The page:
29. Nancy Vaughan
The mayor of Greensboro breezed through her re-election campaign this fall, becoming the first mayor since Keith Holliday to win a second term (Yvonne Johnson, Bill Knight and Robbie Perkins all served just one term as mayor). Vaughan prides herself and this council on avoiding contentiousness while still tackling other issues that previous councils and mayors avoided like contagious diseases, such as any mention of the Greensboro Massacre or police accountability.

Places

30. Bailey Park and Artivity on the Green
Downtown Winston-Salem’s public parks took a quantum leap forward in 2015. On any given Friday from May through October, art-crawl revelers could be seen frolicking in the new Artivity on the Green, a reclaimed parking lot surrounded by a 124-foot mural wall, centered on majestic red spires with mist shooting into the air. Drive a couple blocks over to the Wake Forest Innovation Quarter and there was the new Bailey Park, most likely with a band playing on the stage. Stitch Design Shop, incidentally, won awards for both projects from the American Institute of Architects’ Winston-Salem Design Section, which covers 11 counties in northwest North Carolina.

31. Rich Fork Preserve
The 117-acre Rich Fork Preserve surfaced as a bright spot on the horizon for High Point in early 2015. A gorgeous natural area surrounding a 19th Century farmstead, the preserve lies in the central-western part of the city. But the preserve quickly became a flashpoint in a controversy over the Guilford County Open Space program, with partisans squabbling over whether mountain biking should be allowed on the property. As the year ends, the Guilford County Commission appears intent on deciding in favor of the mountain bikers.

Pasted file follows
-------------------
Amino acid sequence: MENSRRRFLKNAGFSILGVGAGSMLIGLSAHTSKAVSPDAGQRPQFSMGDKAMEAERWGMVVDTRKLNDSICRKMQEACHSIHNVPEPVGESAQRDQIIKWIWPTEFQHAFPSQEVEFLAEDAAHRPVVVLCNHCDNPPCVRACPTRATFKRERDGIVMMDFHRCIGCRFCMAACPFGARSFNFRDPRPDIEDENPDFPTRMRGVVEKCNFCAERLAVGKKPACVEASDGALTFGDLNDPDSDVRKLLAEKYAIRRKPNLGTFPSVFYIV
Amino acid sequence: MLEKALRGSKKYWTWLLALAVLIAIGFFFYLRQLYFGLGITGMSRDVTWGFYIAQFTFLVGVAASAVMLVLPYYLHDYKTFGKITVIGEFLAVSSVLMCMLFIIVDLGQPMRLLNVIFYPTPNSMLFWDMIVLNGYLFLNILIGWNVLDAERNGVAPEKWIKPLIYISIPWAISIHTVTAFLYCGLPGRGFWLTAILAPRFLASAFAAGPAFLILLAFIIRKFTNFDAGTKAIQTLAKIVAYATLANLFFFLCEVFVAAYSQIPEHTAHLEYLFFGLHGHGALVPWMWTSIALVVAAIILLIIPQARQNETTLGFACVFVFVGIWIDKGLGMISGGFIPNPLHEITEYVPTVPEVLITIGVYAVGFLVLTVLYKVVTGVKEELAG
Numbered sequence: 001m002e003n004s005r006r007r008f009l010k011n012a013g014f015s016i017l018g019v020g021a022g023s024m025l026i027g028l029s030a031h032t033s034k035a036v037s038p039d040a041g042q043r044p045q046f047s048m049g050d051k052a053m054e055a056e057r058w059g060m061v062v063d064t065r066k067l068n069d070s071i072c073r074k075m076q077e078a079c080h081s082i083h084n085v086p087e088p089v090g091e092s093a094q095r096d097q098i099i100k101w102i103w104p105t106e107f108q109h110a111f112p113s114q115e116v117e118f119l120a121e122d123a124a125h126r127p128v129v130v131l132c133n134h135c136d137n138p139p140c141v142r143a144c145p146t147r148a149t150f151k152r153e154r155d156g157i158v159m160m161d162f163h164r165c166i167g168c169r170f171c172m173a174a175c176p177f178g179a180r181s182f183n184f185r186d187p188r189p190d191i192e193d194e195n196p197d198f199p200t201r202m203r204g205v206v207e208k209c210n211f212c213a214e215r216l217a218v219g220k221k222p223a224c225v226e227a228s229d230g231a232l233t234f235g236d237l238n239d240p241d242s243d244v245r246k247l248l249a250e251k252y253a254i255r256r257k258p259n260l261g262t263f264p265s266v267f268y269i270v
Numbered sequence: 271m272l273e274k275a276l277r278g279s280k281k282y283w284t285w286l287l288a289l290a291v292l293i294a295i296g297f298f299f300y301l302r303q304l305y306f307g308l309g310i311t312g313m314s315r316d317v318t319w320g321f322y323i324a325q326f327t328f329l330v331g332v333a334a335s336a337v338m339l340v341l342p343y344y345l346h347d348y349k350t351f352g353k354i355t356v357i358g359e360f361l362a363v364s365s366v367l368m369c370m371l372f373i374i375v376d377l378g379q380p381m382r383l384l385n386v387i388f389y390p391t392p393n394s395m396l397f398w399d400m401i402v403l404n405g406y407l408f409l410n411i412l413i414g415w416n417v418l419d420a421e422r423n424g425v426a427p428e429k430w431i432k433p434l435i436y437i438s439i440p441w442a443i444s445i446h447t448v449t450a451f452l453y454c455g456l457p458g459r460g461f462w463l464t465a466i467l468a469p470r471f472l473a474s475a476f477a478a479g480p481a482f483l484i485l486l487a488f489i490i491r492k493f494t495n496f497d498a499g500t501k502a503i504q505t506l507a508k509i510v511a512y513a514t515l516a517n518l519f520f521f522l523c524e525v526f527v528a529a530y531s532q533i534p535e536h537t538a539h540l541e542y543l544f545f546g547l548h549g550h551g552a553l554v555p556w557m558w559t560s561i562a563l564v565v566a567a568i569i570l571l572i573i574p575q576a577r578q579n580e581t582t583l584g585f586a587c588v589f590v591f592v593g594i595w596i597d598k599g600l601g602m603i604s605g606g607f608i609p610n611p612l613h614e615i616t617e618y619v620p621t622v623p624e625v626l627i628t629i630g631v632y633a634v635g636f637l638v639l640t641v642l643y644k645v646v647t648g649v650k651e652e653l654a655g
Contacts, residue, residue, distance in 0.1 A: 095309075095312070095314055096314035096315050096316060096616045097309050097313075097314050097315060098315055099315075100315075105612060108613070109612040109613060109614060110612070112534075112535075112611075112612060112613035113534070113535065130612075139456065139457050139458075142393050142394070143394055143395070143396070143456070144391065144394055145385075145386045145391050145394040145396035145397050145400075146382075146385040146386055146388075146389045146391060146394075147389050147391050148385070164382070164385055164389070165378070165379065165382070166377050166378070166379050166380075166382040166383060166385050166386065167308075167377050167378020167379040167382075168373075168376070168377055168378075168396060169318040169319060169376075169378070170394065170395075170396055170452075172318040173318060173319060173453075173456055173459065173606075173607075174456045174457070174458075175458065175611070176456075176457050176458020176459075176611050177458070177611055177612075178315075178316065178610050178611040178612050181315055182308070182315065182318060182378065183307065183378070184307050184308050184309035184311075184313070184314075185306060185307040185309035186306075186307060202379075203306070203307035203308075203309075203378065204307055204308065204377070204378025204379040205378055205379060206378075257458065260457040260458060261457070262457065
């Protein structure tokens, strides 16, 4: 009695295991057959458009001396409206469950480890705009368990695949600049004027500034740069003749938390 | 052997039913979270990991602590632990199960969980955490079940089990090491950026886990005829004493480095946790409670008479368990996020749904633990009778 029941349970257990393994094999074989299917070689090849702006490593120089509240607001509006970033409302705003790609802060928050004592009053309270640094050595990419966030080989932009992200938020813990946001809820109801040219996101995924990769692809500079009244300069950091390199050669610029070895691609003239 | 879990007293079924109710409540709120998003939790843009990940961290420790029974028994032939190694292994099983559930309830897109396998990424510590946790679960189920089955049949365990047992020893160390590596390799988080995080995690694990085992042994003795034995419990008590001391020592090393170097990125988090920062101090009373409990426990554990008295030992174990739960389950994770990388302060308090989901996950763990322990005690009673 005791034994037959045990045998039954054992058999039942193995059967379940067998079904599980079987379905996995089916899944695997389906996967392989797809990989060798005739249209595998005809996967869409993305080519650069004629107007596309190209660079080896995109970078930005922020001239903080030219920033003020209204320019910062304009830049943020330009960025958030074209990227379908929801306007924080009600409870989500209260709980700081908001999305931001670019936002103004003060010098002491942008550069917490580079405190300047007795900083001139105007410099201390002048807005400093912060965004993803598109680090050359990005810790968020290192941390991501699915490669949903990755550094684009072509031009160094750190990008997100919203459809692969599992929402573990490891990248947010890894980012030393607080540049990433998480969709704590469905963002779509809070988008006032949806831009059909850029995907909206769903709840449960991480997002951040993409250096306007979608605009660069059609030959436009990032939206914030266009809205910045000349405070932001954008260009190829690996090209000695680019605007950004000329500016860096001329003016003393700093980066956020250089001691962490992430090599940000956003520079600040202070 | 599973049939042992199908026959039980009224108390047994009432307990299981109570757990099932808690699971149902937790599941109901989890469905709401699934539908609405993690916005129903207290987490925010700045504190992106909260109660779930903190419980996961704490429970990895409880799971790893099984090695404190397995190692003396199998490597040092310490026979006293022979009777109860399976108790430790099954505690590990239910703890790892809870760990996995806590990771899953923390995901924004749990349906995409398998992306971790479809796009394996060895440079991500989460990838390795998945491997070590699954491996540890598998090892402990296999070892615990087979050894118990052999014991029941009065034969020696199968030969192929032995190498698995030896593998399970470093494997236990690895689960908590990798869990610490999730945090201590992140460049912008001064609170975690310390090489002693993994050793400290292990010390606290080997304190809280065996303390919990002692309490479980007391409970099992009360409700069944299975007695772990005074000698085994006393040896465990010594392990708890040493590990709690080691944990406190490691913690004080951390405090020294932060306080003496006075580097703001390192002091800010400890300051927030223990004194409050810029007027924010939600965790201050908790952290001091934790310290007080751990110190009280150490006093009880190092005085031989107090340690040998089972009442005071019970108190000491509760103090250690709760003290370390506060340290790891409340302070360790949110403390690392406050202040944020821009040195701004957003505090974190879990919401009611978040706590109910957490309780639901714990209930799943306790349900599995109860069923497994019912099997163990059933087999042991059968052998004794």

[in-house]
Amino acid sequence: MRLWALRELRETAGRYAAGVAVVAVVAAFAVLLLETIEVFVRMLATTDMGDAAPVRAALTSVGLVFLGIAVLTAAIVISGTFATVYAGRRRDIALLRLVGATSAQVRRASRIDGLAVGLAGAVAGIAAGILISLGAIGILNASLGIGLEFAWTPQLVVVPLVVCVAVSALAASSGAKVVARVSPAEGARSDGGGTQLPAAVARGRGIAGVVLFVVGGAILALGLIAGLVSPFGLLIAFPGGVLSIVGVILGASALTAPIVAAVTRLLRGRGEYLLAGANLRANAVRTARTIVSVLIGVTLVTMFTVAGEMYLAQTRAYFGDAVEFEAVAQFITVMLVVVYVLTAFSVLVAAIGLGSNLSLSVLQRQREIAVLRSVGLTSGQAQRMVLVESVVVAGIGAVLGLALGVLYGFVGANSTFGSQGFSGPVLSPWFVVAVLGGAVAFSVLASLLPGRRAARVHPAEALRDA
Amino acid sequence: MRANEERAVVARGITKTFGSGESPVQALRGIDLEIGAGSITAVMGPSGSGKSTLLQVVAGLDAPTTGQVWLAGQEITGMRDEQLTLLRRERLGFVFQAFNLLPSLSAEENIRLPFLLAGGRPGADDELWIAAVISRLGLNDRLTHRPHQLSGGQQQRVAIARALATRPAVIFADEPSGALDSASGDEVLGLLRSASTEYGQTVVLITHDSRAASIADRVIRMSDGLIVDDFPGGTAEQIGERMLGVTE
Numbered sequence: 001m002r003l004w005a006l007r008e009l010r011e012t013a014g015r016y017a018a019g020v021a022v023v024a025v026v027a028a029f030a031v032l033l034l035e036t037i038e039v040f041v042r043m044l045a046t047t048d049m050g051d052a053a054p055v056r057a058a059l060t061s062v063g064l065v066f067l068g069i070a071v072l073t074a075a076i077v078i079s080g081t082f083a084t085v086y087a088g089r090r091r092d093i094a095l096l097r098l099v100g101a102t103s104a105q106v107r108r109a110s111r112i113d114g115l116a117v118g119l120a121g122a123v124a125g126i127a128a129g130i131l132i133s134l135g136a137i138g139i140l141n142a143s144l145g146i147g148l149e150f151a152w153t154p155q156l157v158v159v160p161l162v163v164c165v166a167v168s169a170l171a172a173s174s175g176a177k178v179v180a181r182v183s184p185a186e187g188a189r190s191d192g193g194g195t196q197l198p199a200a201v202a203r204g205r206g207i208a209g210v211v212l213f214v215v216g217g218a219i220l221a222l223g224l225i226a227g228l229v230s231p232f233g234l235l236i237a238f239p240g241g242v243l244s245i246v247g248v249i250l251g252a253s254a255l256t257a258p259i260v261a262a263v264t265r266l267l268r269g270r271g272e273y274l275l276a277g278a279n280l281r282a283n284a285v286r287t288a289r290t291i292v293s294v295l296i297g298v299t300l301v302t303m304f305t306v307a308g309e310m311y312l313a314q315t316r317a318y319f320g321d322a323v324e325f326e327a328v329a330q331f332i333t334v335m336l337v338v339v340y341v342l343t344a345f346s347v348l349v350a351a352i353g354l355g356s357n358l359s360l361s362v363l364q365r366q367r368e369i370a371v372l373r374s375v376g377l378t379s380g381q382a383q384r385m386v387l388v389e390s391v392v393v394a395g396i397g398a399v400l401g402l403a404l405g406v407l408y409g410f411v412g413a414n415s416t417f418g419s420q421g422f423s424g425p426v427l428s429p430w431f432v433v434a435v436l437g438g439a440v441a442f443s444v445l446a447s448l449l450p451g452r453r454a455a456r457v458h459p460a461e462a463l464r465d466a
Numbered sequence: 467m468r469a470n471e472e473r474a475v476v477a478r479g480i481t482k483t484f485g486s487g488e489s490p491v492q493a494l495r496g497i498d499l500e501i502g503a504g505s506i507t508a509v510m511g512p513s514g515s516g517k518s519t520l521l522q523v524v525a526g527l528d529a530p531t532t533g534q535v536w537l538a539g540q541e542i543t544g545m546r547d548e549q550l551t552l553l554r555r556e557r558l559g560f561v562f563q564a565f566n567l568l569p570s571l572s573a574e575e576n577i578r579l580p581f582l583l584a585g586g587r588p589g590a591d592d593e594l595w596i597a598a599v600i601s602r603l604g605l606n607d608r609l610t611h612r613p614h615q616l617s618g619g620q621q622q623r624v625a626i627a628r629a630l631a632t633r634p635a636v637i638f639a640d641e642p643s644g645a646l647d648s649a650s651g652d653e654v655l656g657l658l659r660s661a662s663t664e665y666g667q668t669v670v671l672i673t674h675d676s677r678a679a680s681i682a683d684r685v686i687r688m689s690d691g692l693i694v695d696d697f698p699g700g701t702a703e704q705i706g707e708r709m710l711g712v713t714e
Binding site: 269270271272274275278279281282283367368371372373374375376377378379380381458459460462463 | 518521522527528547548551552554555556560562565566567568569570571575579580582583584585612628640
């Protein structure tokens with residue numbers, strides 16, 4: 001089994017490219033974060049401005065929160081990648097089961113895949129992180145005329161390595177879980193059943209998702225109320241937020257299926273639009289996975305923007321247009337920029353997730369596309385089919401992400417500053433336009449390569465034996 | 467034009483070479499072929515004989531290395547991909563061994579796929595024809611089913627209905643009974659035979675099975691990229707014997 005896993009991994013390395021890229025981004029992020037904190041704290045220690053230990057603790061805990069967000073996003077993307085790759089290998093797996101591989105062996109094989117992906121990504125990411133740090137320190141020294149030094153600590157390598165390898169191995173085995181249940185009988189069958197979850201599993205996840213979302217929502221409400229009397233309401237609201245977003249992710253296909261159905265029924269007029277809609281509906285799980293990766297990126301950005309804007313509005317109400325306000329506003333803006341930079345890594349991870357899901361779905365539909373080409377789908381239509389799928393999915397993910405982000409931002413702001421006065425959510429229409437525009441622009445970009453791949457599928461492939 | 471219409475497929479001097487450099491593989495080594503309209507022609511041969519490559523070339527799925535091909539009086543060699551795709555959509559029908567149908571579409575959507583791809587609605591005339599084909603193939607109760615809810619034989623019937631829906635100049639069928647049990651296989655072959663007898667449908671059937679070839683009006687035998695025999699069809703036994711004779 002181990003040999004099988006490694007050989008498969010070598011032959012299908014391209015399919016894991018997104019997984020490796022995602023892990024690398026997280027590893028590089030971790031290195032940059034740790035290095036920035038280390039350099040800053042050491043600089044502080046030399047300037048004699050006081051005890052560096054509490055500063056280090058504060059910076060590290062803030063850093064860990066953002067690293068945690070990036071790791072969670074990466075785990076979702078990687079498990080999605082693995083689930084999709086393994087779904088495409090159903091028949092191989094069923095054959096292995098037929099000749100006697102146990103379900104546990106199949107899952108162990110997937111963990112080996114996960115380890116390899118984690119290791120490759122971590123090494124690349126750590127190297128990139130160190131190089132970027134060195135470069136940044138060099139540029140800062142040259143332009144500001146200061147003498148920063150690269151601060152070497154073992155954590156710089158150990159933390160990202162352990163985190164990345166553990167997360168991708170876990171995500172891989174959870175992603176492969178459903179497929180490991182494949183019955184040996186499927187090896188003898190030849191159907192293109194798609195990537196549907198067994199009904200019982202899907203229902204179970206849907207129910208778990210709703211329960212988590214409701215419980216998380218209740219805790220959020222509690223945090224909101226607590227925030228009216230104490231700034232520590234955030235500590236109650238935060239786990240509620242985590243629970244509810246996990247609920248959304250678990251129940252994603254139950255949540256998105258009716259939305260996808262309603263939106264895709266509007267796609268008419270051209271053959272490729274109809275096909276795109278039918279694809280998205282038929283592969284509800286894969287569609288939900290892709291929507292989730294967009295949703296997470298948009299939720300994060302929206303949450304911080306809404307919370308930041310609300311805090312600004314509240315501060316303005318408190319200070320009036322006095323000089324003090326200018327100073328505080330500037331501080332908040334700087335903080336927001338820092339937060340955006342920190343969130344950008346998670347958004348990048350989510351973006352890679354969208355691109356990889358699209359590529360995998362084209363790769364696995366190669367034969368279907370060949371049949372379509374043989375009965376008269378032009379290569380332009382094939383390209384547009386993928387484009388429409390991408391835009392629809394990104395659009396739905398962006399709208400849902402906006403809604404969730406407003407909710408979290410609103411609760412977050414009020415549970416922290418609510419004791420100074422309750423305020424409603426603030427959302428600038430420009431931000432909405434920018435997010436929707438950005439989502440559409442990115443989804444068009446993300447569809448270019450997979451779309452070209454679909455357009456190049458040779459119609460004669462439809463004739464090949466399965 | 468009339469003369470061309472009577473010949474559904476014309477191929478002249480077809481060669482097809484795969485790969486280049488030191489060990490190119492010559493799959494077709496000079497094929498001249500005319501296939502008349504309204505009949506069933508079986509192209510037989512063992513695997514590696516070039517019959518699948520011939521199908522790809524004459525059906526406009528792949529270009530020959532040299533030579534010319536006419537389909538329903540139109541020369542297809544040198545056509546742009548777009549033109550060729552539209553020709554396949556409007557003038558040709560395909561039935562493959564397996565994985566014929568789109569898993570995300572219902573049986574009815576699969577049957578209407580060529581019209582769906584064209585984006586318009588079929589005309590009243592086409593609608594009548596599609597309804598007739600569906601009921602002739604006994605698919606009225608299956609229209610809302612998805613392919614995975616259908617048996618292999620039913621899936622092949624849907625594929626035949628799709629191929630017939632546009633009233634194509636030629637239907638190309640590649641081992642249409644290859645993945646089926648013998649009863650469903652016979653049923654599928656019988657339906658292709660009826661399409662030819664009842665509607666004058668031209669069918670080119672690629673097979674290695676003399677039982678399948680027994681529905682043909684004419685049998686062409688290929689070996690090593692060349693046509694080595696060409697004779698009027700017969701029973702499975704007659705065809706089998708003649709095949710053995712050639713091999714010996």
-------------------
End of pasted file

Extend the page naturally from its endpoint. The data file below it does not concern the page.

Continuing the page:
32. Ziggy’s
The announcement in November that Ziggy’s, Winston-Salem’s storied music venue, will be closing came as little surprise to many, but still represents a seismic shift. Landlords Hank Perkins and Drew Gerstmyer made the decision not to renew the lease after February 2016, but longstanding tensions between the owners of the business had already frayed the venue to the breaking point. Expect partners Charles Womack and Brad McCauley to try to open a new venue in Winston-Salem in the new year, while Jay Stephens pursues a separate venture as a local concert promoter.

33. Business 40
Renovations to the Business 40 expressway through downtown Winston-Salem won’t begin until the fall of 2016, but the project came into sharp focus in 2015 with the unveiling of iconic bridge designs by the non-profit Creative Corridors Coalition, which contracted a trio of renowned architects — Donald McDonald, Larry Kirkland and Walter Hood. And over the summer, the city nailed down federal air-quality funds to pay for a multi-use path running parallel to the expressway that will link Baptist Hospital to the Wake Forest Innovation Quarter.

34. North Elm District
For the second year, a handful of High Point companies specializing in one-of-a-kind items marketed themselves as the North Elm District, or NED — part of an effort to distinguish themselves from the gargantuan showrooms owned by industry giant International Market Centers. The effort has only been partially successful: Some of the owners of Club Cu confessed that they were a little fuzzy on the concept and a pair of NED shoppers at the showroom said they had never heard of it during the fall market in October.

35. Ardmore Terrace Apartments